Stack Overflow is a community of 4.7 million programmers, just like you, helping each other.

Join them; it only takes a minute:

Sign up
Join the Stack Overflow community to:
  1. Ask programming questions
  2. Answer and help your peers
  3. Get recognized for your expertise

As per the MSDN documentation, while writing recursive function, The use of the accumulator argument makes the function tail recursive, which saves stack space. I'm using two example given on the MSDN site to calculate of sum of all the numbers in a list-

first without tail recursion-

let rec Sum myList =
    match myList with
    | [] -> 0
    | h::t -> h + Sum t

and now with tail recursion-

let Sumtail list =
    let rec loop list acc =
        match list with
        | h::t -> loop t acc + h
        | [] -> acc
    loop list 0

and running both the functions with input [1..100000]. Function Sum successfully calculates the sum of this list but gives stackoverflow exception if I pass [1..1000000] but the second function Sumtail fails at [1..100000] while it should give better performance then the first function since it uses tail recursion. Are there any other factors which affects the recursive function?

share|improve this question
I believe that you're misunderstanding something--the use of an accumulator argument doesn't make a function tail-recursive. An accumulator argument is a technique for accumulating values when one is using a tail-recursive function. It's sort of a technique that usually comes up with tail-recursive but it doesn't define tail-recursive. – Onorio Catenacci Apr 11 '12 at 13:30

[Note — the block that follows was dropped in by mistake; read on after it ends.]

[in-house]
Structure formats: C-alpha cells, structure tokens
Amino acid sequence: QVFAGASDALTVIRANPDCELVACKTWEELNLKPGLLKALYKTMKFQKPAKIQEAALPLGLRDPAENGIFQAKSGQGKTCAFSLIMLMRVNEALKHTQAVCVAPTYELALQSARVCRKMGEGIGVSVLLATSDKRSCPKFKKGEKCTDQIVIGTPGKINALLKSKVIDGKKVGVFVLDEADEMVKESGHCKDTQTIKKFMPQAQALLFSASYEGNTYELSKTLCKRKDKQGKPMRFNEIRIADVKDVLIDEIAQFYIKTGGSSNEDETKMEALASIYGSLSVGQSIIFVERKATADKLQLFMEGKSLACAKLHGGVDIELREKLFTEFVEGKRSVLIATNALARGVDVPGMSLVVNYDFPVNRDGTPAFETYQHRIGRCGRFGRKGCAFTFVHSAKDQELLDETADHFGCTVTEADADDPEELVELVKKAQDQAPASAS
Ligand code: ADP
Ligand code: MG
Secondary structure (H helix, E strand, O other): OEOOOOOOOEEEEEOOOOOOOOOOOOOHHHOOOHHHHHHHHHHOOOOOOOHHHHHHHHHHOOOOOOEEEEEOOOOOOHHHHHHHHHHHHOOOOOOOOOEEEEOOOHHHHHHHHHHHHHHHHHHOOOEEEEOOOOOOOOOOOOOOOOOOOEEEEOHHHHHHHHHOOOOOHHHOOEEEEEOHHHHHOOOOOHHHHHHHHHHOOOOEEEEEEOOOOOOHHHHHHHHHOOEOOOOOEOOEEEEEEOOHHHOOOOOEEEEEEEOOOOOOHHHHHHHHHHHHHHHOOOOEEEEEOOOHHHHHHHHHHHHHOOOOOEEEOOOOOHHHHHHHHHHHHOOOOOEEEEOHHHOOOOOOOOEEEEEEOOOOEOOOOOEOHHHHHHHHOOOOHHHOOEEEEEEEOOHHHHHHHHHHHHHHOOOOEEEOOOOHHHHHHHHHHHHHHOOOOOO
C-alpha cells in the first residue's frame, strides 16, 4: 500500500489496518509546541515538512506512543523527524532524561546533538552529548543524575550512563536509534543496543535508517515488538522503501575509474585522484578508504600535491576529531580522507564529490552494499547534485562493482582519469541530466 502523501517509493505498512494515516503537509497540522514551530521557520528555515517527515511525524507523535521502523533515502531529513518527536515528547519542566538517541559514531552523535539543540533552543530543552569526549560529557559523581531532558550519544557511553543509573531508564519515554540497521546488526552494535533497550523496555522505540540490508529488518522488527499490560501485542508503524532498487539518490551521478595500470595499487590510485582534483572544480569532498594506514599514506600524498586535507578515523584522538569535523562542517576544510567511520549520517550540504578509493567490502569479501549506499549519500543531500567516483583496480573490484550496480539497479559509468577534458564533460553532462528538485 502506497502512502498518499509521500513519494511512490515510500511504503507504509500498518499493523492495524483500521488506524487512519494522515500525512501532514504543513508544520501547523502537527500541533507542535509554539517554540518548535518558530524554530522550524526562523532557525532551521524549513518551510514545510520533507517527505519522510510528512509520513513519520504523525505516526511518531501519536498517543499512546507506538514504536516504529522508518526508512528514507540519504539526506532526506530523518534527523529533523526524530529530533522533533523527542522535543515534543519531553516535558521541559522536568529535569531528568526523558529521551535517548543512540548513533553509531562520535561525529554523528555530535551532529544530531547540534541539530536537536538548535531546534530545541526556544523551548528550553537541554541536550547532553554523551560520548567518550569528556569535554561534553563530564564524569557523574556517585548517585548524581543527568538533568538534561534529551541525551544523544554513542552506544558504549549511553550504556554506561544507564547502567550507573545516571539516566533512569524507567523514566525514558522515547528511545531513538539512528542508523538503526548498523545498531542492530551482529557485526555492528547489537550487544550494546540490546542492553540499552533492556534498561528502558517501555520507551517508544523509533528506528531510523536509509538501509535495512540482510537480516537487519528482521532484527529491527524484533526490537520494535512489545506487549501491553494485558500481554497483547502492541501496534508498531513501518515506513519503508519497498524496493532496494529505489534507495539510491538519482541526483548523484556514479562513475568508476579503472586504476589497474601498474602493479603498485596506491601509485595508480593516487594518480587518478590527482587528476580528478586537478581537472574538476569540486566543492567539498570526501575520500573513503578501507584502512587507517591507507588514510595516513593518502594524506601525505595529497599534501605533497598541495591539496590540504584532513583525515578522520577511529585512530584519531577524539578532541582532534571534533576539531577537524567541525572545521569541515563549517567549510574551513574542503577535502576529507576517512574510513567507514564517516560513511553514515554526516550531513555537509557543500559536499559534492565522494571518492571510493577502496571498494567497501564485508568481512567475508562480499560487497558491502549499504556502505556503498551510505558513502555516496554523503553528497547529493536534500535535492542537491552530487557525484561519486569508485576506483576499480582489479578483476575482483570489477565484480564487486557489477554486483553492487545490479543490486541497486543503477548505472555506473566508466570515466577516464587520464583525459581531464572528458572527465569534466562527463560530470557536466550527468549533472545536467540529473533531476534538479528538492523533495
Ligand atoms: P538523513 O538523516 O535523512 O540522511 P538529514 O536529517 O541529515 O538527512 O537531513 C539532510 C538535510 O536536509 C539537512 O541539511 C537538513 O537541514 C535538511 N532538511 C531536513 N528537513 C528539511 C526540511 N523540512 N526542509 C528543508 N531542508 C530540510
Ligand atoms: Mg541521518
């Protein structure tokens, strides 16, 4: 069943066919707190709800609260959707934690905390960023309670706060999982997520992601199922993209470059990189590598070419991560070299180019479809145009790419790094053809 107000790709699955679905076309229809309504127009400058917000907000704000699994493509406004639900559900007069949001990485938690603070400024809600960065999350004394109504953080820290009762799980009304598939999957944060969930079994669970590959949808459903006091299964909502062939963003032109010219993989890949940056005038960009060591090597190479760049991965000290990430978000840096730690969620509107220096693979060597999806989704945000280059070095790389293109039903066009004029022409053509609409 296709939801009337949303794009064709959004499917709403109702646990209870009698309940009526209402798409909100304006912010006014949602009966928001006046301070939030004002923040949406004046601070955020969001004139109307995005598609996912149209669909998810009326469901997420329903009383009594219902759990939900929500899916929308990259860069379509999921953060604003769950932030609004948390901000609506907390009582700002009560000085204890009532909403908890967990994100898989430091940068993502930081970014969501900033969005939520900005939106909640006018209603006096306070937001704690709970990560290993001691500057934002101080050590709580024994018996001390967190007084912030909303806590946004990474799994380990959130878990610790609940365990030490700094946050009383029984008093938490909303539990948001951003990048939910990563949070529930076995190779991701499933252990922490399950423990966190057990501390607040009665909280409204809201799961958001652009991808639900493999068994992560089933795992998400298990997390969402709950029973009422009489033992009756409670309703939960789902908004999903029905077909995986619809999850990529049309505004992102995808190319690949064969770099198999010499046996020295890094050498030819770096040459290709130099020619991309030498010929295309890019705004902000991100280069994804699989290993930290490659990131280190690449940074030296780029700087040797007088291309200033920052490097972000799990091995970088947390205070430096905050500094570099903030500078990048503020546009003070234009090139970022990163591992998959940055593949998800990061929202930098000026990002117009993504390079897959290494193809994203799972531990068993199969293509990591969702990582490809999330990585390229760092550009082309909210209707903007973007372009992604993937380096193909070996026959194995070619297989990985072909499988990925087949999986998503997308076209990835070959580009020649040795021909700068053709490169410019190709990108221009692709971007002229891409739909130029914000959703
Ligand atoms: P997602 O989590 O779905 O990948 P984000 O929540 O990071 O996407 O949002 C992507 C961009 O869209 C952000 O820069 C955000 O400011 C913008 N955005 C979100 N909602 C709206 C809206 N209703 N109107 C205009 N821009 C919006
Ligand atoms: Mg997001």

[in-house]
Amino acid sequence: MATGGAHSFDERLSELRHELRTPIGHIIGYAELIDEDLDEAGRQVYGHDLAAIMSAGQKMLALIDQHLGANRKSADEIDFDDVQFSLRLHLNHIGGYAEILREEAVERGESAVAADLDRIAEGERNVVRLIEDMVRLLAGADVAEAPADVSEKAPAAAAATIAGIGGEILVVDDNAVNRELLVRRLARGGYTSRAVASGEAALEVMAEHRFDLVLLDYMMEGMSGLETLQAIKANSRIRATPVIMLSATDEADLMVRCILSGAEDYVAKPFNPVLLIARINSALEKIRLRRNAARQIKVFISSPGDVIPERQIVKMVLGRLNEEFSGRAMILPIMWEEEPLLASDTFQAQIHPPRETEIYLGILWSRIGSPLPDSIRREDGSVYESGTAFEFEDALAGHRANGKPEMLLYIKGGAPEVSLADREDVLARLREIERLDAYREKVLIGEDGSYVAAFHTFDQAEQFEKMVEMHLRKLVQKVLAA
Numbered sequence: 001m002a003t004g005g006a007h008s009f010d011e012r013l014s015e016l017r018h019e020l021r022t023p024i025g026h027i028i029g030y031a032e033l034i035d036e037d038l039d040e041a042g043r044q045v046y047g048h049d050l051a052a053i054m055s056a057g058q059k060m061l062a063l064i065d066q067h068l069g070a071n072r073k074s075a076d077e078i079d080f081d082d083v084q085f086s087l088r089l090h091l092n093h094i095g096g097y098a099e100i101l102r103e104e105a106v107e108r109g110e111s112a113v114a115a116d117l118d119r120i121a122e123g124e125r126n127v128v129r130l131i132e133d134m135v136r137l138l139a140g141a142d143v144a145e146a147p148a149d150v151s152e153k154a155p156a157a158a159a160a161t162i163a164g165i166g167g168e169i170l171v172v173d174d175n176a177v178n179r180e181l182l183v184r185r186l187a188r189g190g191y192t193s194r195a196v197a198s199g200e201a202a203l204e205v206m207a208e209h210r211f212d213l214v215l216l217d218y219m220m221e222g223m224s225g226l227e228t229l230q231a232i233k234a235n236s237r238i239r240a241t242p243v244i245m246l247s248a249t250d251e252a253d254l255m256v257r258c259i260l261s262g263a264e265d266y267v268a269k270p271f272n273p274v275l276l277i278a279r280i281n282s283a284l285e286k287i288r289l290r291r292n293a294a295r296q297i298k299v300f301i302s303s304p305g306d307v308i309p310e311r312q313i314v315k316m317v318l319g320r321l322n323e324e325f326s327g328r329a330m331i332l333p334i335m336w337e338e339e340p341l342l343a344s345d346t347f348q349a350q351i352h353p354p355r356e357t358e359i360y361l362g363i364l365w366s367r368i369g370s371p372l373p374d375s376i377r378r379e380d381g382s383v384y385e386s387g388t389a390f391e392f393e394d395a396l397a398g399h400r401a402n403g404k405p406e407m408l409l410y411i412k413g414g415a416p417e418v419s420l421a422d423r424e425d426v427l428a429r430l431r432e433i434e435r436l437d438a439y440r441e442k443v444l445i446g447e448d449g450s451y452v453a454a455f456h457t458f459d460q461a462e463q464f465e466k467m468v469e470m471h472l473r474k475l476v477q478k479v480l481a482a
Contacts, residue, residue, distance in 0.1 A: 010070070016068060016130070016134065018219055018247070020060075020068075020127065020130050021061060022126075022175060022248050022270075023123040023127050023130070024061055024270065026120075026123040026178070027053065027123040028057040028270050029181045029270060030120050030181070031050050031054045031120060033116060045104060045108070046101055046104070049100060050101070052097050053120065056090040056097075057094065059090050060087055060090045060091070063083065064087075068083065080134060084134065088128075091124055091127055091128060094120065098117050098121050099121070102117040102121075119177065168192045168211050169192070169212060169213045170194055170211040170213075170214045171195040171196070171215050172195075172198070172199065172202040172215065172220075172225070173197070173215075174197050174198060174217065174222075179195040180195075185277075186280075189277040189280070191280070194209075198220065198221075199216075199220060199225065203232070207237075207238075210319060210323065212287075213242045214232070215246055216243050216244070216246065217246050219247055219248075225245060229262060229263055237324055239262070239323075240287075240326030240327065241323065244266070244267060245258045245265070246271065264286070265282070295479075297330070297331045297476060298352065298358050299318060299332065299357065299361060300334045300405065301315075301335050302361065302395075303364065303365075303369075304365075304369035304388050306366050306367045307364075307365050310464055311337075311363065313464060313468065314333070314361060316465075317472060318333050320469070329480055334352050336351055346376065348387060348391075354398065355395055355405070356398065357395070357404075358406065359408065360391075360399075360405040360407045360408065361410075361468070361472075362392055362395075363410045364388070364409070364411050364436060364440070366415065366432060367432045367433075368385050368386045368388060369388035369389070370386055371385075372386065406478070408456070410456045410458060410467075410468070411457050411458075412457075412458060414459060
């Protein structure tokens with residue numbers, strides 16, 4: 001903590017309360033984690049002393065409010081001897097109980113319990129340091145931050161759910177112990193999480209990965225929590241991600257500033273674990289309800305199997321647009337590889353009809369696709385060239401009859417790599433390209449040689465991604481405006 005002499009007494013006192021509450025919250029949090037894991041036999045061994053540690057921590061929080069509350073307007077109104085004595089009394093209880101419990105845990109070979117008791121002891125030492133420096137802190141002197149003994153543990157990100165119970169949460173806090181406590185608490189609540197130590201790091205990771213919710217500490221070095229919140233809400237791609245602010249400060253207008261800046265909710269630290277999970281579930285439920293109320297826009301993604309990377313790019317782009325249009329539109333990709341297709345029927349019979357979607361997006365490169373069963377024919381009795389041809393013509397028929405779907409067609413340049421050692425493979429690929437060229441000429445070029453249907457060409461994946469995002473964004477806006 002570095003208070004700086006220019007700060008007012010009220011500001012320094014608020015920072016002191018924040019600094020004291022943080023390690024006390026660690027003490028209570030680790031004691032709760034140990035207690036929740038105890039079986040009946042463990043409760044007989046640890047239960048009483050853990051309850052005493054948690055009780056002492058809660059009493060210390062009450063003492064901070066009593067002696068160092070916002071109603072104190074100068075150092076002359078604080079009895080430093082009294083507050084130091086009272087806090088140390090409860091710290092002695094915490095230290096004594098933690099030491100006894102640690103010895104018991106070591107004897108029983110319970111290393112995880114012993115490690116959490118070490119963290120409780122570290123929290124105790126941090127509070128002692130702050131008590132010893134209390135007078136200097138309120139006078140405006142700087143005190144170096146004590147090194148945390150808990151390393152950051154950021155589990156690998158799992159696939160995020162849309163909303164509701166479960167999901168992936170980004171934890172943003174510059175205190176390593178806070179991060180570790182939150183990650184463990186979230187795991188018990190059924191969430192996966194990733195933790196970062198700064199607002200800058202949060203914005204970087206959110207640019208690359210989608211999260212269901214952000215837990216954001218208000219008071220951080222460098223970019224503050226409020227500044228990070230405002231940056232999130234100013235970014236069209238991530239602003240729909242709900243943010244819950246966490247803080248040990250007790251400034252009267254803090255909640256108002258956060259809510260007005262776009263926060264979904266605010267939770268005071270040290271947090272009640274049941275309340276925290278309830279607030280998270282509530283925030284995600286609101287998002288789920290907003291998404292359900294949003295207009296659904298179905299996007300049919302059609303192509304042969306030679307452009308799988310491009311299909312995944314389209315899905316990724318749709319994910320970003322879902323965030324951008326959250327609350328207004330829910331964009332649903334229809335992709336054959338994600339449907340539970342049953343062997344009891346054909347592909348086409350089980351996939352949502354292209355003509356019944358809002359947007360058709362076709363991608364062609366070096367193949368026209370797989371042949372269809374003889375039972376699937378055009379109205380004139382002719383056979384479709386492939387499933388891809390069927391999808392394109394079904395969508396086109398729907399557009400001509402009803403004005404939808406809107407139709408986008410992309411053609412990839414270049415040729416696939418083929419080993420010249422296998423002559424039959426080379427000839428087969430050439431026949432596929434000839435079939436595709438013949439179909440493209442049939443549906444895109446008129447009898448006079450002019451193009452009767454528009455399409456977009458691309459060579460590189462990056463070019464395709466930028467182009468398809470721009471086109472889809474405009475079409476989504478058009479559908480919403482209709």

up vote 10 down vote accepted

Your second function isn't tail-recursive since loop t acc + h is parsed as (loop t acc) + h which makes + become the last operation on loop.

Change loop t acc + h to loop t (acc + h) in order that the function becomes tail-recursive.

share|improve this answer
thats right but I can't mark it right ans (still 6 mins to go). What diff does that make ? – Kapil Apr 11 '12 at 12:28
The '+' operator has to be applied to a return value from loop, so the compiler can't use tail recursion which would forget the state of h for each recursive call. Tail recursion works if the state can be forgotten - if we know that the return value would otherwise be returned through all the stack frames unmodified. – Jason Kleban Apr 11 '12 at 12:37

Your Answer


By posting your answer, you agree to the privacy policy and terms of service.

Not the answer you're looking for? Browse other questions tagged or ask your own question.